02.05.11

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Bill Gates Promotes Patent Monopolies

Posted in Bill Gates, Intellectual Monopoly, Microsoft, Patents at 11:56 am by Dr. Roy Schestowitz

Bill Gates in Poland - Monsanto added in

Summary: Microsoft’s co-founder carries on abusing the system by fostering even more monopolies and lobbying governments/schools so that people follow his own selfish instructions

For a couple of years now we’ve been showing that the Gates Foundation is one of the world’s biggest shills for patents, which are of course a tool for keeping the poor poorer and making the rich even richer. As a quick recap of some posts covering this subject, consider the following:

All that lobbying from Gates is doing enormous damage not just to the United States. Informed people like Glyn Moody criticise him for it. Soon enough (apparently days from now) Gates will add some more minions for lobbying congresspeople regarding patents (maybe software patents) because in Twitter, the highly-informed Jamie Love wrote: “Next week the Gates Foundation will hire a top IPR lobbyist from Microsoft, to work for the Foundation.”

It could not come at a better time now that Microsoft is trying to make patent systems more hostile towards its competition [1, 2] amid the Patent Reform Act of 2011 [1, 2, 3]. Lobbyists are, by definition, distorting the minds of politicians and our IRC regular, “hazzy”, wrote to his congressman some days ago and received this response:

Dear Mr. Bell:

Thank you for contacting my office regarding software patent litigation.

I find the trend towards litigation over software property rights to be very alarming. I understand the toll that this takes on digital entrepreneurship and growth. It has been estimated that the cost of litigating these issues exceeds $11 billion dollars.

There is also a need to ensure that companies, and especially foreign companies, do not rob others of the fruits of their technological ingenuity. The promise of monetary reward and recognition is often what drives many software developers to apply their minds to the technical devices that help make our society prosperous. I believe incentives matter, and I do not plan to enforce an open-source system that tends to remove incentives from our marketplace. I sincerely hope that a reasonable solution can be found to solve this dilemma, and I will be monitoring any related legislation that comes before Congress.

I appreciate the opportunity to hear your concerns.

Sincerely,

Bill Huizenga
Member of Congress

Mr. Huizenga must have been greased up by some lobbyists who told lies on behalf of corporations that employ them to do so. Bill Gates has been one of the super-lobbyists for several years now and to quote CIO.com: “Did you know that there are more than 34,750 registered lobbyists in Washington, D.C., for just 435 representatives and 100 senators? That’s 64 lobbyists for each congressperson.”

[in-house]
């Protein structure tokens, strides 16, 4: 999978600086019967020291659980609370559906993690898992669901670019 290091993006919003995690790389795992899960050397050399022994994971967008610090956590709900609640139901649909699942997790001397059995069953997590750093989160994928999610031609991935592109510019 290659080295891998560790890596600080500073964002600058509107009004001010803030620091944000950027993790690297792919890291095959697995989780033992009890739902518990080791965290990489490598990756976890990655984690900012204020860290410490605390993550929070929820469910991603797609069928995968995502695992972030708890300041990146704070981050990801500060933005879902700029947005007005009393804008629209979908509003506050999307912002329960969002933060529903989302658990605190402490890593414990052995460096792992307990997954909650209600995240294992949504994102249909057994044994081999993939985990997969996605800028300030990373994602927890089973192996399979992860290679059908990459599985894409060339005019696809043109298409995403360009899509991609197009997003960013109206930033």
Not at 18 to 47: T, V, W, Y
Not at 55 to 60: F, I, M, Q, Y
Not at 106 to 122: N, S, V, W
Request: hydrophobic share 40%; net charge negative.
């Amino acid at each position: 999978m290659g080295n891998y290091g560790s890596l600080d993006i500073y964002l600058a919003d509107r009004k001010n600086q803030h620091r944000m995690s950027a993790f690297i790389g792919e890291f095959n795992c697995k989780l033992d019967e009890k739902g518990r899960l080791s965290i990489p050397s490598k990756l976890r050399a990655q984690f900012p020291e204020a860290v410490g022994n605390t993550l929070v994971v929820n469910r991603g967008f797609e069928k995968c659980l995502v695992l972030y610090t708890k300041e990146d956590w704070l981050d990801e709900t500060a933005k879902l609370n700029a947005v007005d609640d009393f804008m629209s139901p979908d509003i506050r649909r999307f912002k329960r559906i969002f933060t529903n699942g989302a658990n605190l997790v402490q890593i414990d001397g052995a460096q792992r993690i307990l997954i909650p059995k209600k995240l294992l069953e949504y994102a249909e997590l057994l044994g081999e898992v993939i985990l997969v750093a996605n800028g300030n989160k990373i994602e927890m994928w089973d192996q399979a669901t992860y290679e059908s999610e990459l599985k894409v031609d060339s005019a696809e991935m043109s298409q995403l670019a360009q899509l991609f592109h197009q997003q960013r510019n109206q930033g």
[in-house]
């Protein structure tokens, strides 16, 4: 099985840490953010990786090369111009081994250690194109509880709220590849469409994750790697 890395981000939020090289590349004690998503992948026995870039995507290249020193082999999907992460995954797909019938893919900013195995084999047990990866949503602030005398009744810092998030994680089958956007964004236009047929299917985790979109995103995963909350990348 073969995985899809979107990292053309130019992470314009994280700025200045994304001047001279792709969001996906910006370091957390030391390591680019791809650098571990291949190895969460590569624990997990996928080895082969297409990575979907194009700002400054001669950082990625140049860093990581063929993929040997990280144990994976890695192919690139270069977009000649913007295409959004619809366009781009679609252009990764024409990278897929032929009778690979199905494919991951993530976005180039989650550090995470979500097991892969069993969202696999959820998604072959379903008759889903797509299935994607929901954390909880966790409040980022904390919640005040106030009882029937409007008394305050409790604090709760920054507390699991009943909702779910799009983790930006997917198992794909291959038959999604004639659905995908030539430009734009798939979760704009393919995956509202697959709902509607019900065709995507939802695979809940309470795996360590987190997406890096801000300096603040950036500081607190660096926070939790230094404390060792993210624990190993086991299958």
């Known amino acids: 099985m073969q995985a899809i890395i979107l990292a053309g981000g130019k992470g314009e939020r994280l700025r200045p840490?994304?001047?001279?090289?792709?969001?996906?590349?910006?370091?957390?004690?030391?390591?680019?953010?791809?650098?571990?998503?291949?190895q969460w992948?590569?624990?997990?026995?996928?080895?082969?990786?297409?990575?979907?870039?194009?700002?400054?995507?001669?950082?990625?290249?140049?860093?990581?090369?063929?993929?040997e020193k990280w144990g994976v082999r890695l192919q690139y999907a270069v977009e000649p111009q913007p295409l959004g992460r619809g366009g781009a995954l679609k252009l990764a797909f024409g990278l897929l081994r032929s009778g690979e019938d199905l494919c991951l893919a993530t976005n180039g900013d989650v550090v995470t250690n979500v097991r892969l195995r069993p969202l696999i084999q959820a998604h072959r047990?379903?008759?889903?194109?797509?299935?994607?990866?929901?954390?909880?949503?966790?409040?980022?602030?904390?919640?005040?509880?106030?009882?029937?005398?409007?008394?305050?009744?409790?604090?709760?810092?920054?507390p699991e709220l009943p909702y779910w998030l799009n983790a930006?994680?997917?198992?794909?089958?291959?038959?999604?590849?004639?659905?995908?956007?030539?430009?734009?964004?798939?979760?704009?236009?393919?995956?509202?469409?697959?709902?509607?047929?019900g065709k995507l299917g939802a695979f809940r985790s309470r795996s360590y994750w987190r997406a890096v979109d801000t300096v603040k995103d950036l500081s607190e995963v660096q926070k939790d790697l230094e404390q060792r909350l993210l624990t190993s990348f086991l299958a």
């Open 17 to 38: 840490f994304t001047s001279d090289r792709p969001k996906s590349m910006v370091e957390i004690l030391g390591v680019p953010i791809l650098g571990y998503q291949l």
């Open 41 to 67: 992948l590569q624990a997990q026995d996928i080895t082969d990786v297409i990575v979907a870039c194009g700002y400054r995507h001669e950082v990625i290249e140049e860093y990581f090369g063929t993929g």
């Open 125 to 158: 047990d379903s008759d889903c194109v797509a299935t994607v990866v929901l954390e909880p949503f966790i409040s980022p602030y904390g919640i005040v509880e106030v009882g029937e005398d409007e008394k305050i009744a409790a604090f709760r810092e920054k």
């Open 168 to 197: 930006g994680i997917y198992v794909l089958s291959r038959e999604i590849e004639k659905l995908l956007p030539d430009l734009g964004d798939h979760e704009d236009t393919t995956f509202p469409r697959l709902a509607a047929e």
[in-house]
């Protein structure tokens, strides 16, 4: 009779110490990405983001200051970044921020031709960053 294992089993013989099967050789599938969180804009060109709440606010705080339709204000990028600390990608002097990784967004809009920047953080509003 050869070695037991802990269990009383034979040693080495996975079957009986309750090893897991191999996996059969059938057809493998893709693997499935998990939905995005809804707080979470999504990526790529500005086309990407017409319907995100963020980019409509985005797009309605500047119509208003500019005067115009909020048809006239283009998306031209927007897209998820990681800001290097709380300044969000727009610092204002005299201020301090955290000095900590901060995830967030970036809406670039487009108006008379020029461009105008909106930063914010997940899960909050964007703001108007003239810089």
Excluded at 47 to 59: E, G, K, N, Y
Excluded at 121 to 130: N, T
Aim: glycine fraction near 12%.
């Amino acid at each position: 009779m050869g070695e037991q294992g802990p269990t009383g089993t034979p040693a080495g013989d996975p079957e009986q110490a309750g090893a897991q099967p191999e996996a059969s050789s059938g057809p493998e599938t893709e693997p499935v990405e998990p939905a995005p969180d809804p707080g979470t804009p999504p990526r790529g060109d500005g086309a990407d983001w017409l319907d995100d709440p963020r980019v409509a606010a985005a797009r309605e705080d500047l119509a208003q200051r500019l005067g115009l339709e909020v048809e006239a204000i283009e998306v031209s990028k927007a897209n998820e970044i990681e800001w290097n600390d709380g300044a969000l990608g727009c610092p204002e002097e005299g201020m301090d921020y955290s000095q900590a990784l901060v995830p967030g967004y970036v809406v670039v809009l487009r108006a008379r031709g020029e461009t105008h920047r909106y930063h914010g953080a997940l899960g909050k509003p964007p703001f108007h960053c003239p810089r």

Bill Huizenga could have been subjected to the army of lobbyists from Microsoft, the Gates Foundation, or the firm of Bill Gates' dad (Bill). Those Bills can affect patent bills and we’ll catch up with Gates news some time in a couple of months (we last caught up in January) to cover this more properly with a lot of links. It is blind trust in authorities and the corporate press that leads people to disappointment and without delving deeper into such issues, it will be hard to understand why society becomes increasingly hostile towards people (see TSA for example) and increasingly friendly towards corporations (which now demand privacy rights, as though they are people with feelings). In a new piece from OpenSource.com, Rebecca Fernandez raises a point that Techrights routinely raises. Critical thinking is a skill that “our students need… and resources for teaching it,” but guess who’s controlling schools now? That’s right, it's Mr. Gates who bought this system.

Our education system, in all its forms, does a poor job of fostering critical thinking. This is a real problem, because we humans are inclined to embrace ideologies rather than information. There’s nothing more troublesome to society than warring ideologies—and there’s simply no way to find middle ground with anyone who can’t question theirs.

Fernandez says that the US education system “does a poor job of fostering critical thinking,” but this is a feature to those who control this system. A gullible population is more docile and passive.

If people do not respond to the plutocrats’ attack on society, then the PR industry will decide for people how to think and how to feel. In addition to PR, the plutocrat Bill Gates is already buying a lot of press outlets (TV, newspapers, blogs, and so on). He is killing the watchdog journalists. Those whom they used to protect will suffer. They will have their dignity robbed and still worship the same people who robbed them. It all began with lobbyists who were met with apathy and FTAs that relied on secrecy (c.f. ACTA). What we need more of is projects like Wikileaks for this reason precisely.

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